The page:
In 1984, with the advent of the Economic Regulatory Reform (ERR), most of Canada experienced a deregulation program similar to that in the United States. The ERR had several significant effects. Two large trunk carriers, CAI and Air Canada, emerged, competing on major domestic routes. The regional airline industry disappeared and 2 commuter/feeder airline families emerged, each of which were affiliated with one of the major carriers. A mega-carrier structure was implemented through a variety of acquisitions and agreements; CAI became part of the American/British Airways-led one-world structure and Air Canada joined United/Lufthansa's Star Alliance. These alliances competed with each other and with other international conglomerates on a global basis. The equity base of the 2 major airlines eroded at the height of the aircraft re-equipment cycle, incurring massive debts and lease obligations. Specialized carriers developed, whose strategy was to develop the low-cost niche market.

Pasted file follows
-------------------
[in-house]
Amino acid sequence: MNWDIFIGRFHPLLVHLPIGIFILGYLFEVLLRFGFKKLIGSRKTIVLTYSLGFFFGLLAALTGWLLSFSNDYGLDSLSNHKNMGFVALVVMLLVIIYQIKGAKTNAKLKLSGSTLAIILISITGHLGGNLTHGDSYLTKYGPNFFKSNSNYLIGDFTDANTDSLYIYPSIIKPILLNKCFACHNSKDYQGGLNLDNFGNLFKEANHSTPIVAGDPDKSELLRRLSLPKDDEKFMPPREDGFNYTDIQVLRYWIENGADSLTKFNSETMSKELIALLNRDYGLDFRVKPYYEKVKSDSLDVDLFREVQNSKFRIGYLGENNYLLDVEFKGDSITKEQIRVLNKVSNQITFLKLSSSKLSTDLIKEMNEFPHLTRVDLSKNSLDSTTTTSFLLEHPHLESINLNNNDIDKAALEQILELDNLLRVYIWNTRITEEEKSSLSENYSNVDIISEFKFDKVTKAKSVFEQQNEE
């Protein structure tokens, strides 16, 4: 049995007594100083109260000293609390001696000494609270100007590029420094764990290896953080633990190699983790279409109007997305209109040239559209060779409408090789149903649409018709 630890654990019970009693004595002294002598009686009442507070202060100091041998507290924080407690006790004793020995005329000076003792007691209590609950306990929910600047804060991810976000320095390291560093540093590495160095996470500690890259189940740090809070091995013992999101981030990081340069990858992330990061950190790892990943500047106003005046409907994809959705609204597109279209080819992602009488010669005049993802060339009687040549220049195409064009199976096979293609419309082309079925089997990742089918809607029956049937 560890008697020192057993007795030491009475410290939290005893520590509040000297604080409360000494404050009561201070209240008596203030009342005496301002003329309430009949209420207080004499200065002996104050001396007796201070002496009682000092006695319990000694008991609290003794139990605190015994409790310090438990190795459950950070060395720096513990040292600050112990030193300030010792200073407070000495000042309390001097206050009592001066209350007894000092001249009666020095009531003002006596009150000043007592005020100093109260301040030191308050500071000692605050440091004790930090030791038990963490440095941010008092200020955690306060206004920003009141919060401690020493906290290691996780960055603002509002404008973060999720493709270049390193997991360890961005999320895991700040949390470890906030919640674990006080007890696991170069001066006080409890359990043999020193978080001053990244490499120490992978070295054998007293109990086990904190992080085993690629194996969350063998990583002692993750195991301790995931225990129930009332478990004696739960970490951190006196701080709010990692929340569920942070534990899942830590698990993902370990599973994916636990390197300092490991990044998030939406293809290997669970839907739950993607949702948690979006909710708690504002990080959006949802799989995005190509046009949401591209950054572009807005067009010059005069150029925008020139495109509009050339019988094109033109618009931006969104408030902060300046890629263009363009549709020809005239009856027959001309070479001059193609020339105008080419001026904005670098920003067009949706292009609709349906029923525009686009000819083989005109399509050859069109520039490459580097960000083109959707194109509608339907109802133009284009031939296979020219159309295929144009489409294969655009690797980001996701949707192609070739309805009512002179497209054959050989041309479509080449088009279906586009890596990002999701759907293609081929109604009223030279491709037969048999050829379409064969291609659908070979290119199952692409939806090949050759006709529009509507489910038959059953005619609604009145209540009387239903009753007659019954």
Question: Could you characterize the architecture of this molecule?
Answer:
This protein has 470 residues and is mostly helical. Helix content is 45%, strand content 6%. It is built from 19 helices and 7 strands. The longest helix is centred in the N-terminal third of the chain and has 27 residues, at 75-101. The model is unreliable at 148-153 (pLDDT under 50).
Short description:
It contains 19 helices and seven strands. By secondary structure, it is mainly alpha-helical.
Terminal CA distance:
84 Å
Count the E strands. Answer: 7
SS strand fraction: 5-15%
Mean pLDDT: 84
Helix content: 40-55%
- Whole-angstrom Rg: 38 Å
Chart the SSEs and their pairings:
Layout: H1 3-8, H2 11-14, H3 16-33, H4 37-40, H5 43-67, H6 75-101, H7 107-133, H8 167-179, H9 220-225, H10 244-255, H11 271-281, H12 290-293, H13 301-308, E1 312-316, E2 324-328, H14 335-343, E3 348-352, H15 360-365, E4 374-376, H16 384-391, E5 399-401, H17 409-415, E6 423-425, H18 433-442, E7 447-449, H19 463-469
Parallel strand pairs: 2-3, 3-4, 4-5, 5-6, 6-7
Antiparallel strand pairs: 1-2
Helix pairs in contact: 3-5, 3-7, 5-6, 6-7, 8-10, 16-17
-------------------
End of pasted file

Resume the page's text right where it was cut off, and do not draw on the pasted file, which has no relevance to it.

The "Open Skies" agreement signed by Canada and the US in 1995 gave carriers on both sides of the border direct access to new trans-border markets. In the highly competitive market, it became apparent in 1999 that CAI would require a significant infusion of funds to continue as a major national airline. Air Canada proposed that it buy CAI's international routes and operate them jointly. The government instituted a 90-day suspension of competition rules to allow discussions between the airlines and other interested parties. On 4 January 2000, AIR CANADA formally took control of CAI.
Shawnadithit grew anxious waiting for her uncle, Longnon, to return to camp at the junction of Badger Brook and the Exploits River, deep in the wilds of Newfoundland...